As part of the expansion, Roca’s Impact Institute is expected to train Baltimore County police in how to use trauma-informed strategies to better engage with young men who experience violence. The Impact Institute partners with law enforcement agencies and community organizations in a typically months-long “intensive coaching approach,” according to Roca.
Roca is starting off small, with two county-based positions; it’s not the kind of work that can be rushed, Palermo said. The first step is to assess where services are most needed — a determinant factor as the nonprofit considers where to establish its county office as planned, Palermo said.
“We’re very mindful of not doing too much at once,” Palermo, who runs operations at Roca Baltimore, said in an interview. The expansion into the southeastern county is the chapter’s first extension beyond the city.
“It took almost five years to go from city to county,” Palermo noted. “We want to be intentional.”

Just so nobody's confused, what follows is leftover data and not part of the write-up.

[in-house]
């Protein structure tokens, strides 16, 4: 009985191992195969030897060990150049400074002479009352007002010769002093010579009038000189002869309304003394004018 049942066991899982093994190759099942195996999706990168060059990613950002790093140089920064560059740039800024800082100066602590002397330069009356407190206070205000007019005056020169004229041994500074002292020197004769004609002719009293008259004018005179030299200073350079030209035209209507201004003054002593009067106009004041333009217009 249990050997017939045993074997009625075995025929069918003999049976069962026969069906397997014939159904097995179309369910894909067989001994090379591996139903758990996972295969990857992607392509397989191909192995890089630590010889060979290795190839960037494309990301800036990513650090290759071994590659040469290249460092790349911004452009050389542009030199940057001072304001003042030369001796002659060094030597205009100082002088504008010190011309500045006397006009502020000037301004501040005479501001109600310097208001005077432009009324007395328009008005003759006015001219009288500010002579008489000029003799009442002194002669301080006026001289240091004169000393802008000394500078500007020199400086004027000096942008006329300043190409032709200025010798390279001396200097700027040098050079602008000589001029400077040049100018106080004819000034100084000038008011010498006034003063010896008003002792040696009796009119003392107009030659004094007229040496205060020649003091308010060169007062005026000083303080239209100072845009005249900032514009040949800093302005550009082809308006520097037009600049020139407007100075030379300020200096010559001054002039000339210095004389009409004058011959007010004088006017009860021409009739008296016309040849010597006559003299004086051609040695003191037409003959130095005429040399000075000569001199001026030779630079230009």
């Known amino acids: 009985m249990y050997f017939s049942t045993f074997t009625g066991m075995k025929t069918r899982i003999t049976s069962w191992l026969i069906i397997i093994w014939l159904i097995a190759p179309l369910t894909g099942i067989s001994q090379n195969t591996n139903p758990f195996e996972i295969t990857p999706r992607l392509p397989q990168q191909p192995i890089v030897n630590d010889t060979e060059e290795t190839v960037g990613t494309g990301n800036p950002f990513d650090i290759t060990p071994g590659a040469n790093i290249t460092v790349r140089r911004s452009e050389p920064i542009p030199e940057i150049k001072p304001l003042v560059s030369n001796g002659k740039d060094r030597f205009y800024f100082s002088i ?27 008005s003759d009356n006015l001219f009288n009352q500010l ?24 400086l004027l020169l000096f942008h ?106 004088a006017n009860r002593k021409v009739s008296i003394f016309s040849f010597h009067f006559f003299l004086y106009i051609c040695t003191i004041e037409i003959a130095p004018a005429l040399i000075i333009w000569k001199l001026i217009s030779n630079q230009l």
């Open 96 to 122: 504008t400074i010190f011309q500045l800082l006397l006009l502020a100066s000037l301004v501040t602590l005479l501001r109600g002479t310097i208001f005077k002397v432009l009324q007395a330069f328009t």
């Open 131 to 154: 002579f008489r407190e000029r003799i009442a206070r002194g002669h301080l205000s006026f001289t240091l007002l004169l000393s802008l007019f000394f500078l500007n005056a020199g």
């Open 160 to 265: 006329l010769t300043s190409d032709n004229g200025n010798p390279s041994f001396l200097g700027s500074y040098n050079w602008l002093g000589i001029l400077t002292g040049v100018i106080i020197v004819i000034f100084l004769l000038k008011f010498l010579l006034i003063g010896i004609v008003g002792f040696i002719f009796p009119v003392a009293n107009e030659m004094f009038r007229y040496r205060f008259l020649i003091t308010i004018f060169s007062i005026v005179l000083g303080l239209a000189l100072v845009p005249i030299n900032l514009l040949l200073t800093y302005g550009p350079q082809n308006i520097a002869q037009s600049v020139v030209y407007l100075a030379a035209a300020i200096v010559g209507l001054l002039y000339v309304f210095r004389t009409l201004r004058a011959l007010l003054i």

Still, Roca is already exploring other funding sources to sustain the program’s county presence after its $3 million gift is divvied between the expansion and its city operations, he said, adding: “We’re very cautious not to start something we can’t finish.”
Calvin Monroe, who will manage operations in the county, said outside the community center that Roca helps “the change that I know is possible.”
“Sometimes, we’re the only people in their lives that are there consistently,” Monroe, a Baltimore City native, said.
Monroe will continue his boots-on-the ground outreach that he did as a Roca Baltimore youth worker.
While Baltimore City tries to quell violent crime that’s propelled the city beyond 300 homicides each year since 2015, its surrounding suburbs “can also see the effect of that because people are so mobile,” Palermo said, adding that the city-county line has no bearing on young men in either jurisdiction who are perpetrating violence crime or are victimized by it.
Roca Baltimore’s 30-or-so staffers go to lengths to find those at highest risk; through public defenders and police, data analysis of felony arrests of people in certain age groups and where they may live, paying attention to some minors’ progression through juvenile court, communicating through written letters, visiting detention centers — and lots of door-knocking, Palermo said.